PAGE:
Floating Liquefied Natural Gas Projects
Floating liquefaction facilities have a number of advantages over land based facilities. These projects can typically build in less than three years, whereas base load LNG projects are taking around four to five years for development. The capital cost for developing FLNG projects is significantly low. FLNG projects can be built in controlled environments like shipyards and carefully managed. They can bring solutions to stranded gas. Lot of gas around the world is currently in flared stage associated gas with well production with the volume destructed to be produced economically. Floating LNG is the relatively new concept. Black and Veatch are currently executing Shell project, Petronas project, and Examar project, which are currently in construction phase.

Black & Veatch's Examar project is expected to be operational by first quarter of 2015. There are many projects under various stages of development . A typical FLNG project takes around eighteen months to two years for the process of developing project fieldwork. After that the owner can take the final investment decision. Once that decision is made, then the project can proceed rapidly on two and half years cycle which is much quicker than base load project.

While taking into consideration Floating LNG projects, Black & Veatch has categorised these projects into ship based projects and barge LNG project. In ship based LNG projects, the liquefaction facility can be built on dockside of ships and ship can produce LNG in offshore or open environment with capacity typically in the range of 2 to 4 MMTPA.

Barge LNG concept is designed for open wharfs. These projects are cheaper to build and have shorter schedule. These projects are typically of smaller capacities around 0.5 MMTPA to 2.8 MMTPA.

Black & Veatch has been working on the development FLNG concept since 1990s with development of standard designs for barge solution and Ship based designs. Such offshore floating LNG (FLNG) production facilities reduce the capital expenditure (capex) per ton of LNG produced compared to base load LNG terminals, whose capex is generally higher. The cost reduction is largely due to the elimination of base load facilities and long, under-sea pipelines, which are required for base load LNG production terminals.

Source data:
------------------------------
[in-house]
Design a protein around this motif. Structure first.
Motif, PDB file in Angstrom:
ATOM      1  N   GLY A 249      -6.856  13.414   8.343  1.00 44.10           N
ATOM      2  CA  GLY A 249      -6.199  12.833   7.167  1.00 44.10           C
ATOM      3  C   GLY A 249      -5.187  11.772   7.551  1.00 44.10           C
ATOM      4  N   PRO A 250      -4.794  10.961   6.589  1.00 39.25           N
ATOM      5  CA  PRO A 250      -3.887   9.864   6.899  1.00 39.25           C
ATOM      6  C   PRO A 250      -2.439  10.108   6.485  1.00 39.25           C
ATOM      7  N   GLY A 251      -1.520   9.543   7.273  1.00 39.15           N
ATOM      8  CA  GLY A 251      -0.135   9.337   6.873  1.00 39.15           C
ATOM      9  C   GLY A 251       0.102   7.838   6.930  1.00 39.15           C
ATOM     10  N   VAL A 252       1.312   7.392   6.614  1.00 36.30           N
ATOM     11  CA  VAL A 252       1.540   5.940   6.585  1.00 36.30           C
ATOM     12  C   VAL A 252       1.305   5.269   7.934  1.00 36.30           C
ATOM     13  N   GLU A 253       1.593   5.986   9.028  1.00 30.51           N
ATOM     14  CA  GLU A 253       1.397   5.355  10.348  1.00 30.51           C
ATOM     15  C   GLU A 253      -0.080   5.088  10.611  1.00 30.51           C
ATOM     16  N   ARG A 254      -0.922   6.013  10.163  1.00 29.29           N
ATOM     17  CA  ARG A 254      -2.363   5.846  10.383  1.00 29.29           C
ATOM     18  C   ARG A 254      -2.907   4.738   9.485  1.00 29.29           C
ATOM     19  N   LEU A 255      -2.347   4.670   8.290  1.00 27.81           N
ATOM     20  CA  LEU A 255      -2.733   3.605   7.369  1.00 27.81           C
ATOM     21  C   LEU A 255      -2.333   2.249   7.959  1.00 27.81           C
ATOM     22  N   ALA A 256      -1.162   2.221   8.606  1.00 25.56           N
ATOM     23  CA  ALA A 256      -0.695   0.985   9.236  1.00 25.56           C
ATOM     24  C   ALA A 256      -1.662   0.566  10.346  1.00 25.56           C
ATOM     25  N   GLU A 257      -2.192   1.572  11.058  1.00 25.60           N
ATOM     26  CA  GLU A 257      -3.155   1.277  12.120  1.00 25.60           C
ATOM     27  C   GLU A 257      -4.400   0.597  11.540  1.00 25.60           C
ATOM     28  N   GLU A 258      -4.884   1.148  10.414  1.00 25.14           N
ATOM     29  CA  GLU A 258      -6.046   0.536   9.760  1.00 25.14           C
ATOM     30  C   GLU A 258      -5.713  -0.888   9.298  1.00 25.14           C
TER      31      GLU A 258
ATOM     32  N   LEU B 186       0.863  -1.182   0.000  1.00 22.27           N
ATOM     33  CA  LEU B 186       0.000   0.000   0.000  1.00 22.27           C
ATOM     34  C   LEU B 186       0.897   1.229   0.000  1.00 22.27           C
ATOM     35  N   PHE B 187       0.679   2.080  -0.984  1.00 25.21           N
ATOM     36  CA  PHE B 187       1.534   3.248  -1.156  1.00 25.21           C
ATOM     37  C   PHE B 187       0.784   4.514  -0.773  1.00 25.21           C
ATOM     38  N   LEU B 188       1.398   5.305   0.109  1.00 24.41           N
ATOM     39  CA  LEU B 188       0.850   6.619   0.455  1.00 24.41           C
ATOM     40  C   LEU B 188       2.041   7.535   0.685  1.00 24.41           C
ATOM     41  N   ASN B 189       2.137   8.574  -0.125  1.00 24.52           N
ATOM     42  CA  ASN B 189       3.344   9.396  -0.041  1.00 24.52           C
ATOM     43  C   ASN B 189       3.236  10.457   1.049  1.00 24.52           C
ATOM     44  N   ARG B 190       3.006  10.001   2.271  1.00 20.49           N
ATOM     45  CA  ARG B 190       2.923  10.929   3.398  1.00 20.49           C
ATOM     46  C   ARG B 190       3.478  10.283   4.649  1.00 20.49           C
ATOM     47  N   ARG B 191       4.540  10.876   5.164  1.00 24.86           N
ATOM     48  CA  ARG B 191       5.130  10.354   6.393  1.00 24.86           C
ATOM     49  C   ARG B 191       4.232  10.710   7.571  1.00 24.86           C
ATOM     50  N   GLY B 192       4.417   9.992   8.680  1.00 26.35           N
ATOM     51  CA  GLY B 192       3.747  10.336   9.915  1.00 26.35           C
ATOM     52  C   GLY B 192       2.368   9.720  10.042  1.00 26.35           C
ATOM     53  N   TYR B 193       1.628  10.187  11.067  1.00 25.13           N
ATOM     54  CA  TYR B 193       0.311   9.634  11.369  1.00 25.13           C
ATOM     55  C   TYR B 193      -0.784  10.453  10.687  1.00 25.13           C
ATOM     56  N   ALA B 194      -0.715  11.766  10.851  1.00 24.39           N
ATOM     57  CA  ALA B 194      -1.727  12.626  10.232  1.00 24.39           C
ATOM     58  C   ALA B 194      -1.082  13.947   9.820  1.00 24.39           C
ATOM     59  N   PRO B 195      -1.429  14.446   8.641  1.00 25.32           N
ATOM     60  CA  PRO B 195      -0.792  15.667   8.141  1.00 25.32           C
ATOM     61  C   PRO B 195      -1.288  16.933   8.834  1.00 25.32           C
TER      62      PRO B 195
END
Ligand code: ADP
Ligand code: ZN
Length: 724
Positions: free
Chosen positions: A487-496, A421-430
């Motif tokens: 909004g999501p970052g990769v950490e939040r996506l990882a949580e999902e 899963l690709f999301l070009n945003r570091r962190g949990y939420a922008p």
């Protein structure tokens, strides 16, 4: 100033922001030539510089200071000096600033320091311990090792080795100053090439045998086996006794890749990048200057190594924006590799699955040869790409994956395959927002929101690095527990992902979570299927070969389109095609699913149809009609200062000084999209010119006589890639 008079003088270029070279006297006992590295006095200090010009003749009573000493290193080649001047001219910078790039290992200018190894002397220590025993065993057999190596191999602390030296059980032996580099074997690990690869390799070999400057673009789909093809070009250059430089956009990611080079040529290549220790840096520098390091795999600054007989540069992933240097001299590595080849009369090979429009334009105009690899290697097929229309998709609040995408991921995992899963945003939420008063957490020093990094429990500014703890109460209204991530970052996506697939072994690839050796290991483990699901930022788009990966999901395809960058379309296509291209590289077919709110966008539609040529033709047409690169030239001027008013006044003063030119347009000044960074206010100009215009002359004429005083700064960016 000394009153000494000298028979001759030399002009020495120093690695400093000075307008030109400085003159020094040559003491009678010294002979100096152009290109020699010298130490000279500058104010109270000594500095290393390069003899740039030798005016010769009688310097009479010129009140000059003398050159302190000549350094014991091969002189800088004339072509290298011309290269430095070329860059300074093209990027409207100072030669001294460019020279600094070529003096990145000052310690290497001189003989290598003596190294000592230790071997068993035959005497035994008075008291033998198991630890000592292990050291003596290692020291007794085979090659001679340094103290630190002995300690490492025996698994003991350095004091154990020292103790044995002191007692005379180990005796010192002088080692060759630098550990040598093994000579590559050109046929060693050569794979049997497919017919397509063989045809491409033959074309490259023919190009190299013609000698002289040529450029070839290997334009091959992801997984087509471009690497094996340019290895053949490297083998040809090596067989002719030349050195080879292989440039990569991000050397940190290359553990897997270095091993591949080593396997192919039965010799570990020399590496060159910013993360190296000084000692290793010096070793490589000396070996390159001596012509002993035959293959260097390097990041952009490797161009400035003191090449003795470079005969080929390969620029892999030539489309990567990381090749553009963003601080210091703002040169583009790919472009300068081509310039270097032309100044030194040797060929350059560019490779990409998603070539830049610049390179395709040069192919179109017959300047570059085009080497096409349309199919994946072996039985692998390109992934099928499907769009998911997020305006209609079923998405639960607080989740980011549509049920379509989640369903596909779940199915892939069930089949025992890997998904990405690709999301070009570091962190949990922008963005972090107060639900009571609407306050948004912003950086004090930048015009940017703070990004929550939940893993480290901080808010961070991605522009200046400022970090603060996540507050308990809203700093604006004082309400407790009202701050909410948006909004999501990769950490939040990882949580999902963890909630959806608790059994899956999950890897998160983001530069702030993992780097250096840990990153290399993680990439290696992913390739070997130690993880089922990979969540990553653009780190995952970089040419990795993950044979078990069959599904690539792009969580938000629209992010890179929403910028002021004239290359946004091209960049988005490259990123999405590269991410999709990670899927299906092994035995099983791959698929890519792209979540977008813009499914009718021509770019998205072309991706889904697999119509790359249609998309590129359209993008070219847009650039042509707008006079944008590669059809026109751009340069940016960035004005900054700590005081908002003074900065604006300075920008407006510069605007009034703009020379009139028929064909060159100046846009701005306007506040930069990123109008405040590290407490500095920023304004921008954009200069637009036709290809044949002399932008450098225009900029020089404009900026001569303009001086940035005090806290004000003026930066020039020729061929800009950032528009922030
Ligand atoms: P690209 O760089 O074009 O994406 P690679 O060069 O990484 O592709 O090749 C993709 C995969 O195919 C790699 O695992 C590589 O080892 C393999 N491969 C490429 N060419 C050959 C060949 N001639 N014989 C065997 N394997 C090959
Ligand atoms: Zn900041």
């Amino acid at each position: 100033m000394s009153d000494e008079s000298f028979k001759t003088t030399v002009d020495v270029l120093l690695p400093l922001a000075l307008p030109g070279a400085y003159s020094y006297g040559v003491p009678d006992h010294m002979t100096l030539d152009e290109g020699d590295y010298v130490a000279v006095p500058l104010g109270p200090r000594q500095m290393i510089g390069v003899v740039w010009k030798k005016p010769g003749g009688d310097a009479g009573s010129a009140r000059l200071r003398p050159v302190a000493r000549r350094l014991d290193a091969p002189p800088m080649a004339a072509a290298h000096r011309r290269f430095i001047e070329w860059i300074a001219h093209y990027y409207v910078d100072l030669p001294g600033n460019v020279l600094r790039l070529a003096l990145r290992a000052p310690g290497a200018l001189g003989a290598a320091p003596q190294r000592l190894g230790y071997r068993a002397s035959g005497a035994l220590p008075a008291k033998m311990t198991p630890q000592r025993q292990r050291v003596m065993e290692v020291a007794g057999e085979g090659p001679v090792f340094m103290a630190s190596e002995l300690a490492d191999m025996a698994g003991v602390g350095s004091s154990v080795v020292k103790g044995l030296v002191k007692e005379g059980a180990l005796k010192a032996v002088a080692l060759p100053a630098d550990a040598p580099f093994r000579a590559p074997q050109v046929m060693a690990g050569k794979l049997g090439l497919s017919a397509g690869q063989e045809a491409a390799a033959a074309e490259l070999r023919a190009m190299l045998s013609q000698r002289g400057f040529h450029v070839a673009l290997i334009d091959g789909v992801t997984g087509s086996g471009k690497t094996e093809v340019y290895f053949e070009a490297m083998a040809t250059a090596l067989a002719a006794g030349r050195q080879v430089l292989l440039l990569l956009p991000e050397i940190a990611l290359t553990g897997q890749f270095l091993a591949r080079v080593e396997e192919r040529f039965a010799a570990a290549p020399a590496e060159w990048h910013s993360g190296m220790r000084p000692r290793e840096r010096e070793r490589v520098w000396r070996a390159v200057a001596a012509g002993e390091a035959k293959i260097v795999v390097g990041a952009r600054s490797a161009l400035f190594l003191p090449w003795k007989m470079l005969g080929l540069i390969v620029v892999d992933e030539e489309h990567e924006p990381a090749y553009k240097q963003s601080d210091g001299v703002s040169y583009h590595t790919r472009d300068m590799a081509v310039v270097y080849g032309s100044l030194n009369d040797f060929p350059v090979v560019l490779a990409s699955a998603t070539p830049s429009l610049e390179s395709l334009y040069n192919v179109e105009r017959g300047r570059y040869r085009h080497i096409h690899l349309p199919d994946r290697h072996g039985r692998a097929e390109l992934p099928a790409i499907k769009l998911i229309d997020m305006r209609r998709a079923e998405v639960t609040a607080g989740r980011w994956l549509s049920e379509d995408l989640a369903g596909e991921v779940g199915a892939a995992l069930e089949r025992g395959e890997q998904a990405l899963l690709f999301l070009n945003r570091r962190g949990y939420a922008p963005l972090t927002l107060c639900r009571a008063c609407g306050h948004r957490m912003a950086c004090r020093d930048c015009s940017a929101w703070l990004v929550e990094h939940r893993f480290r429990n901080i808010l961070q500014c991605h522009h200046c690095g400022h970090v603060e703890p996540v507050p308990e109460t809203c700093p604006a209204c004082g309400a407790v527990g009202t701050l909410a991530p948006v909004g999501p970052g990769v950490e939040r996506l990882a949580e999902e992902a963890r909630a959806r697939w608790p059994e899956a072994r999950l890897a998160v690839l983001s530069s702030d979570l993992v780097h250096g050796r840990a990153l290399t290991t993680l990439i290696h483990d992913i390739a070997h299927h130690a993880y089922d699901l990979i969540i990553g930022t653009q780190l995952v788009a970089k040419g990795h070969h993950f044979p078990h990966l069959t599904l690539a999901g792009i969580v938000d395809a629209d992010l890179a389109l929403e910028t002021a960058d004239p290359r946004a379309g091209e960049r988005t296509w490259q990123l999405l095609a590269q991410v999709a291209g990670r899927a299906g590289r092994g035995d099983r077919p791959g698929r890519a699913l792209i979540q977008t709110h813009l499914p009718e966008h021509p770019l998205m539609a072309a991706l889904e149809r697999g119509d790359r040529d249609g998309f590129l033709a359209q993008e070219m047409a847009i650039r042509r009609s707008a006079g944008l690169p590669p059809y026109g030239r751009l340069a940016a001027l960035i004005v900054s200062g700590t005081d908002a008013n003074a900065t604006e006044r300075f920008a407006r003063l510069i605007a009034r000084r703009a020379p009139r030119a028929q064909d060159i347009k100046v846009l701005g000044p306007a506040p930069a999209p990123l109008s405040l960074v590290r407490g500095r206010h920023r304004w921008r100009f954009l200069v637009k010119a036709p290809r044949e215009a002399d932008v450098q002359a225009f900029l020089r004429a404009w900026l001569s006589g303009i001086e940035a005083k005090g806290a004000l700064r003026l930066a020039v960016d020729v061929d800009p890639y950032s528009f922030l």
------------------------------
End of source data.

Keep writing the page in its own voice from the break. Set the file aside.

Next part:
Black and Veatch's technology has been vetted for various organisations like DNV, BV, ABS etc. The first step in designing LNG barge is just like the liquefaction technology. The criterion for ship based project is much different from traditional launcher project. These projects are very simple to maintain and build as compared to the onshore LNG projects. They also have the ability to handle changing feed gas composition. One of the important aspects of ship based LNG project is that they can be remobilised to an entirely different gas field.

SMR PRICO Technology
FLNG also carry some unique challenges with regard to operational demands and feedstock variability. A solution to these challenges is Black & Veatch's PRICO liquefaction technology, which contains the elements required to meet the needs of offshore LNG producers. Operational flexibility—specifically, the ability of PRICO single mixed-refrigerant (SMR ) units to handle a wide range of gas pressures, compositions and production rates—provides owners with a wide range of feed gas options and commercial flexibility. Similarly, a low equipment count results in a smaller footprint and lighter weight, both of which are valuable in the offshore market, where footprint is limited and where weight drives costs and schedule.

The SMR process is the workhorse of the LNG industry and is used in the vast majority of liquefaction installations. This process depends on a single mixed-refrigerant system to perform liquefaction. After treatment, the feed gas is totally liquefied. Only a small amount of flash gas is produced, as the LNG is let down to storage. LNG yields of over 98 per cent are typical, and because the system uses a mixture of refrigerant components and can be tailored to the specific application, it is the most flexible of all the liquefaction systems.

The technology can be designed to fit the available utility systems with choices in air or water for interstage cooling, as well as a choice among motor, gas turbine or steam turbine drivers. This flexibility allows the owner to select the best options for its specific application. The proprietary SMR liquefaction plants have been designed in a wide range of capacities, from 0.1 million tons per year (MMtpy) to 1.5 MMtpy in a single train. When larger production rates or operational flexibility for capacities are required, multiple trains can be used to provide the design that best fits the client's needs and commercial requirements.